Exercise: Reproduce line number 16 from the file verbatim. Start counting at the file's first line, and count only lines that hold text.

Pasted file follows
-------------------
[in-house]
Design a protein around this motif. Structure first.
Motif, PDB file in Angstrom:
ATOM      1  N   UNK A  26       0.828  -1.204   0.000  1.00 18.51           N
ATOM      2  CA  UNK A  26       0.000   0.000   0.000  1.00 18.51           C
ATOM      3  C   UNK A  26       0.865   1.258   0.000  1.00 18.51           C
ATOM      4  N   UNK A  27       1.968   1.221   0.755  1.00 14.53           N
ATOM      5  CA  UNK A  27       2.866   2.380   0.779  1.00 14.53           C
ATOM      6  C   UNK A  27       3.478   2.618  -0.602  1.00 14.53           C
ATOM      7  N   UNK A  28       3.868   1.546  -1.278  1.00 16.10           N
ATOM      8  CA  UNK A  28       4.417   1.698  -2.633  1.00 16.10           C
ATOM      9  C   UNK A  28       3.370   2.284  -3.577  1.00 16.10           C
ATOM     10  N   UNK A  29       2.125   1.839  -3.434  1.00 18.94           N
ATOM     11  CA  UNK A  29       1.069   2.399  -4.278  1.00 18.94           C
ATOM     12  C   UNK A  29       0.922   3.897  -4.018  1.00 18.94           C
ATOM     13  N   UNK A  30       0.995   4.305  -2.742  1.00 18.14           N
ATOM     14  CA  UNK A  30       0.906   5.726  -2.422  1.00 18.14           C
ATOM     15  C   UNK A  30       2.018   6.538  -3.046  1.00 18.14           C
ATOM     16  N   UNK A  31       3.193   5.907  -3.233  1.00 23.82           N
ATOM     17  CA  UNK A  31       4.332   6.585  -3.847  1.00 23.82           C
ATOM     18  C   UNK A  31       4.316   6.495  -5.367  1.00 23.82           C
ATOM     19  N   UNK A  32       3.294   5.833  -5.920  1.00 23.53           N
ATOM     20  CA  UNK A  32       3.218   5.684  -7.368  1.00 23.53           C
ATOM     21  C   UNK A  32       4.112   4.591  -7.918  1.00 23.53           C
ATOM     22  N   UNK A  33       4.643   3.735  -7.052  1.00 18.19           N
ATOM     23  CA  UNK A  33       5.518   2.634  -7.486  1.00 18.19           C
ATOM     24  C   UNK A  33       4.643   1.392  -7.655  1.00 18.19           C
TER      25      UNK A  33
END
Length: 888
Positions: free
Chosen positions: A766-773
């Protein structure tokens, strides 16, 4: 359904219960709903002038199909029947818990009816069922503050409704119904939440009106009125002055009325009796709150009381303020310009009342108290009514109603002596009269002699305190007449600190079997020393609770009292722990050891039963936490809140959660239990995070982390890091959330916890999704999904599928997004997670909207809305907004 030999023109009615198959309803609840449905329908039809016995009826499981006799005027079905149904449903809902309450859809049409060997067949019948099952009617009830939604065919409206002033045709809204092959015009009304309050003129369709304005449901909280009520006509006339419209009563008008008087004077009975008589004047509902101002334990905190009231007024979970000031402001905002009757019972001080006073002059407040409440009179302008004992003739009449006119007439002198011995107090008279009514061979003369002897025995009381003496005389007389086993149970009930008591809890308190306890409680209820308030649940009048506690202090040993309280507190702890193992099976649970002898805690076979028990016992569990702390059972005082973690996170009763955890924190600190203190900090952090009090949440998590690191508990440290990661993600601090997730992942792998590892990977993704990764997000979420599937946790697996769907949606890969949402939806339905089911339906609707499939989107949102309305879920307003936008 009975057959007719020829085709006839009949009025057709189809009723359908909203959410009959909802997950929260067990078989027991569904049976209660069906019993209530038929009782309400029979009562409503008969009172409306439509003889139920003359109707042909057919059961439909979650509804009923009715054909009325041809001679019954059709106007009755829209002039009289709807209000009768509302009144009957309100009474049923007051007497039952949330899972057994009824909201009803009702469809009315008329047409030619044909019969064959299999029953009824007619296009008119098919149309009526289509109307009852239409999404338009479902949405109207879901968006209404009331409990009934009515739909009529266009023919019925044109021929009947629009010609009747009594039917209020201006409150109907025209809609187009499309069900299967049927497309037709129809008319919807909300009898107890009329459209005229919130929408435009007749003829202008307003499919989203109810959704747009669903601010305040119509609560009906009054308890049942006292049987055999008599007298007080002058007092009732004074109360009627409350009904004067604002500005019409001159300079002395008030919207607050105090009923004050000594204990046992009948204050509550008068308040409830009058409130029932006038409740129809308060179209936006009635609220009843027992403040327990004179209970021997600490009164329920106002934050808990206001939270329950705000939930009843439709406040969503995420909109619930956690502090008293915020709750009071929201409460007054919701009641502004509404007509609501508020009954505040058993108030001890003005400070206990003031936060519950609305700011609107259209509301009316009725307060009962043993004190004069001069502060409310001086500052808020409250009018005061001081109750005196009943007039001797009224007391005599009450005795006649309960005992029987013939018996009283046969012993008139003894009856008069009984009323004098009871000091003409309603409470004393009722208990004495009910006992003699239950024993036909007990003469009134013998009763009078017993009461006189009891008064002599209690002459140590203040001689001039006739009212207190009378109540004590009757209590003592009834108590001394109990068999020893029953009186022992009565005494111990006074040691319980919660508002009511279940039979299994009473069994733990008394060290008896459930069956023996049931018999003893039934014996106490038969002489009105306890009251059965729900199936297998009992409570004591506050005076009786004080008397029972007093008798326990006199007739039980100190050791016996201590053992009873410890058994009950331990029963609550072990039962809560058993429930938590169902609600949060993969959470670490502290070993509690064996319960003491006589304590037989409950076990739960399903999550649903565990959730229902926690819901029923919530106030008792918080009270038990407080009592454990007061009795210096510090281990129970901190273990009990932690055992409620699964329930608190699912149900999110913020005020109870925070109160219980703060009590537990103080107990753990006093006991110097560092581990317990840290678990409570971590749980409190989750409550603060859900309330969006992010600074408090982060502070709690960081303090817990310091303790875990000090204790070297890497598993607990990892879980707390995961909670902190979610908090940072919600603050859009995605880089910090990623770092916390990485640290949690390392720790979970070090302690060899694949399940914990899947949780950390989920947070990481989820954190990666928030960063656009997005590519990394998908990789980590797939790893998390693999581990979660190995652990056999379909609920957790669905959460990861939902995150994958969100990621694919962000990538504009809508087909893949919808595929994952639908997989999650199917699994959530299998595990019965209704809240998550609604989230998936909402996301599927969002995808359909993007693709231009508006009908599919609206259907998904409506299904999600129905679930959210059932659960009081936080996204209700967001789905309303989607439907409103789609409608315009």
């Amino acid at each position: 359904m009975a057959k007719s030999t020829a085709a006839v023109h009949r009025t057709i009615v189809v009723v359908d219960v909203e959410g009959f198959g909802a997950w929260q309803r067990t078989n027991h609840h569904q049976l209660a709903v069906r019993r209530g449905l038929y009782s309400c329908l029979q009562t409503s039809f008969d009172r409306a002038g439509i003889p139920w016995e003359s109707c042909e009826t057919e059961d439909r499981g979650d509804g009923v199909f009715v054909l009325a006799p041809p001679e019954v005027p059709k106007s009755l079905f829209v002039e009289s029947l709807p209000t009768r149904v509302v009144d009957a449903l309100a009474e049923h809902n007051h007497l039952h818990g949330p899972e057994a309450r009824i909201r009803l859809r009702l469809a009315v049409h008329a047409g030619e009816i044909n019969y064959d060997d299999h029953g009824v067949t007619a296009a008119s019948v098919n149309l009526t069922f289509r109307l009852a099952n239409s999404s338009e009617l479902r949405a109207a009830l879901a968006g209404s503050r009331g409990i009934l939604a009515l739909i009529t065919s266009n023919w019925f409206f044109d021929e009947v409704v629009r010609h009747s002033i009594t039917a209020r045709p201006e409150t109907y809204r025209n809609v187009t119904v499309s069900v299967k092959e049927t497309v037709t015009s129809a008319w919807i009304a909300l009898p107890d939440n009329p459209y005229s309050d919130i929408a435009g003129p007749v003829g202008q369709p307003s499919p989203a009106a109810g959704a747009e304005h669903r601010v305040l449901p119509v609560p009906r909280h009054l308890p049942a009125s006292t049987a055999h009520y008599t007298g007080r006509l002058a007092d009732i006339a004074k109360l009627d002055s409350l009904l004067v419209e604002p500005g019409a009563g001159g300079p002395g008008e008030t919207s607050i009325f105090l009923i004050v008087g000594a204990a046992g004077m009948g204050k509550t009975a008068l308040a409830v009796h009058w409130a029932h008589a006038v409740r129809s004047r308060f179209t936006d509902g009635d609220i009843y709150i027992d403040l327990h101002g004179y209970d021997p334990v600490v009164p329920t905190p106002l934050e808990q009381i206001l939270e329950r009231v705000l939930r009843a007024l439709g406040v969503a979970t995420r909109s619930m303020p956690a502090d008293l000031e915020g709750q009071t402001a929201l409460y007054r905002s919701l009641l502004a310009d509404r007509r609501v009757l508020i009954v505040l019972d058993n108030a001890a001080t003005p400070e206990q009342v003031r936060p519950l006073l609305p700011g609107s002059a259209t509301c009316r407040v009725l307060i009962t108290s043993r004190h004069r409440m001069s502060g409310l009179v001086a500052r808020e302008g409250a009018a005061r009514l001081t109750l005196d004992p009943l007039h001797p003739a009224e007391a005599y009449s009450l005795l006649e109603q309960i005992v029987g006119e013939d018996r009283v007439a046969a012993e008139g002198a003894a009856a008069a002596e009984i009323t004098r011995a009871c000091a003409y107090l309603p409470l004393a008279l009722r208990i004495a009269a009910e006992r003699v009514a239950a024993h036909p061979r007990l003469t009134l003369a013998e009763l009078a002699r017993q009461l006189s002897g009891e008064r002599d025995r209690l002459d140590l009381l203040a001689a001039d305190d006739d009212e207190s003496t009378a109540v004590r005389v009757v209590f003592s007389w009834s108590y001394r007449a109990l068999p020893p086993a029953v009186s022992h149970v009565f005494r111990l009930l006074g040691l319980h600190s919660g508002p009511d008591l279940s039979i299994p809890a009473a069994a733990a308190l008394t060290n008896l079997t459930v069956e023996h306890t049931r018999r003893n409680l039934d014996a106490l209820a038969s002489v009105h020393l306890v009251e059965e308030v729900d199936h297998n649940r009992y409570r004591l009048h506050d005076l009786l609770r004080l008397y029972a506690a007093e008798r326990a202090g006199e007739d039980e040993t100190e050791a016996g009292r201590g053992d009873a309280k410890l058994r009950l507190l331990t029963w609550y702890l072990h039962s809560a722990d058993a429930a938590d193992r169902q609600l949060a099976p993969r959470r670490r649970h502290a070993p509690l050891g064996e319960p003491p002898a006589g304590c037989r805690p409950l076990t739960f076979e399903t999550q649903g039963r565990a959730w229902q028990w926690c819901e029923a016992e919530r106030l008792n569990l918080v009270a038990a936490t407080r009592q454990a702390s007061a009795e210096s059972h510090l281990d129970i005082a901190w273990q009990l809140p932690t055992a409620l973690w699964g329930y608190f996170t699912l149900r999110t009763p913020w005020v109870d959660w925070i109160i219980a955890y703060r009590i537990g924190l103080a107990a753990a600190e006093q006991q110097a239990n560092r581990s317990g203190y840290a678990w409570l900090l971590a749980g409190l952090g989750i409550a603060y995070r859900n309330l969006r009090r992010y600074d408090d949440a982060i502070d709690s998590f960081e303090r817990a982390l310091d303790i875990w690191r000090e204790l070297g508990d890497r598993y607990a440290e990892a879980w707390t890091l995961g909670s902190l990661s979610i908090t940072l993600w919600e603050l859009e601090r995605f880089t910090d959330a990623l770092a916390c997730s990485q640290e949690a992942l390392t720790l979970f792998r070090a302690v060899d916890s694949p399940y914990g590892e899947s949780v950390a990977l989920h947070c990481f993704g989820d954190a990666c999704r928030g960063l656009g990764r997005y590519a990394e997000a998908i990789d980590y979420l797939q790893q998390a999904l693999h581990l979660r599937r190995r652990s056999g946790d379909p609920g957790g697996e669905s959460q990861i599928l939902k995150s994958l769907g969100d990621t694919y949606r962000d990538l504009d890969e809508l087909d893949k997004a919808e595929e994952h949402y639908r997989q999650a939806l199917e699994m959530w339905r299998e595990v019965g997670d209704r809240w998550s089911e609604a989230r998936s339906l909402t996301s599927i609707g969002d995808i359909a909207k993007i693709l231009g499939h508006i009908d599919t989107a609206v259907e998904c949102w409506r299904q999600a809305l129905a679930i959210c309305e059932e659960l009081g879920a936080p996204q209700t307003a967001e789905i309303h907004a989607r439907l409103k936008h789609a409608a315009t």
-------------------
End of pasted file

ATOM     13  N   UNK A  30       0.995   4.305  -2.742  1.00 18.14           N